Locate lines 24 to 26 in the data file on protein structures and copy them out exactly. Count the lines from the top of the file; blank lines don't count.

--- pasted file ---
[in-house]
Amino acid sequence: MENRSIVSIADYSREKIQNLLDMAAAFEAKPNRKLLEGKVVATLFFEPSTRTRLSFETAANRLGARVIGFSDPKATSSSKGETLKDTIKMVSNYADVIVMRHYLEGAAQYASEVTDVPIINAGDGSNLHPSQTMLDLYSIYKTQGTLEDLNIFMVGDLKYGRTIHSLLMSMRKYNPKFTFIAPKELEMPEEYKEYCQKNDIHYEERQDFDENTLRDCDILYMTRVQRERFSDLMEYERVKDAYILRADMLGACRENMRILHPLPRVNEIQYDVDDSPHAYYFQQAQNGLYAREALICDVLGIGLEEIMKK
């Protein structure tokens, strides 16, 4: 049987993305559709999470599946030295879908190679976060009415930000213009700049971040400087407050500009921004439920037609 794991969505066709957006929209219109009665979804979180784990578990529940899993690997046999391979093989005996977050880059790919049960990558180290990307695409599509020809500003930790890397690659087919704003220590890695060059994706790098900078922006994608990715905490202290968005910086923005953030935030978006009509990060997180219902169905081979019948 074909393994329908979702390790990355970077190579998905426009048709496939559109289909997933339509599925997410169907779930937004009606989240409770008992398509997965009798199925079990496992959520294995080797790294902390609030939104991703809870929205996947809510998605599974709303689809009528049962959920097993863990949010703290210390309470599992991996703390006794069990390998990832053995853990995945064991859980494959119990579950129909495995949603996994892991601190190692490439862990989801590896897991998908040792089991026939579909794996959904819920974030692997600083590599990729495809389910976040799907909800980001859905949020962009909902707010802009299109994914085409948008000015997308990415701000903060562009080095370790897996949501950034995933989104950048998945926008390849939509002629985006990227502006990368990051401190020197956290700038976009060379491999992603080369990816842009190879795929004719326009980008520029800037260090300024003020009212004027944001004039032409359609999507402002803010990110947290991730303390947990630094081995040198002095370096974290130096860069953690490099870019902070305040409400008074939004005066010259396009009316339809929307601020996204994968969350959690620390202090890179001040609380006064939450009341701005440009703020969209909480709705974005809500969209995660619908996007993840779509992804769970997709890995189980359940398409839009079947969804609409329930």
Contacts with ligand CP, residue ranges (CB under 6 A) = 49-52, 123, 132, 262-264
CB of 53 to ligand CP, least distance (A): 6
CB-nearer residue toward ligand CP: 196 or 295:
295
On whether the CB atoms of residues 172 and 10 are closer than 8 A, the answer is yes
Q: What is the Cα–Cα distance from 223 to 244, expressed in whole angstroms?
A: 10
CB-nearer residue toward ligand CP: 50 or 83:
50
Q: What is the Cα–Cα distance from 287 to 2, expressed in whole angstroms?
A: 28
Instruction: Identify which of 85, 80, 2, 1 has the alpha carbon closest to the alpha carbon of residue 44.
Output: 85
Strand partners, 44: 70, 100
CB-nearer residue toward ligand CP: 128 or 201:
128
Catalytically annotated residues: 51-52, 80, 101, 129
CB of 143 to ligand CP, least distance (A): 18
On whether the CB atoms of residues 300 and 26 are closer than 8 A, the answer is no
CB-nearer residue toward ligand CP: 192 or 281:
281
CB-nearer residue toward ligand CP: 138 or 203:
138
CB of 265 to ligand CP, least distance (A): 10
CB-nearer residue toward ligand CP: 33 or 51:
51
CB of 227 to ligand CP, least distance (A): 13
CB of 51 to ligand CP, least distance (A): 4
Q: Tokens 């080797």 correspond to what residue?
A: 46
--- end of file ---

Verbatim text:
281
CB-nearer residue toward ligand CP: 138 or 203:
138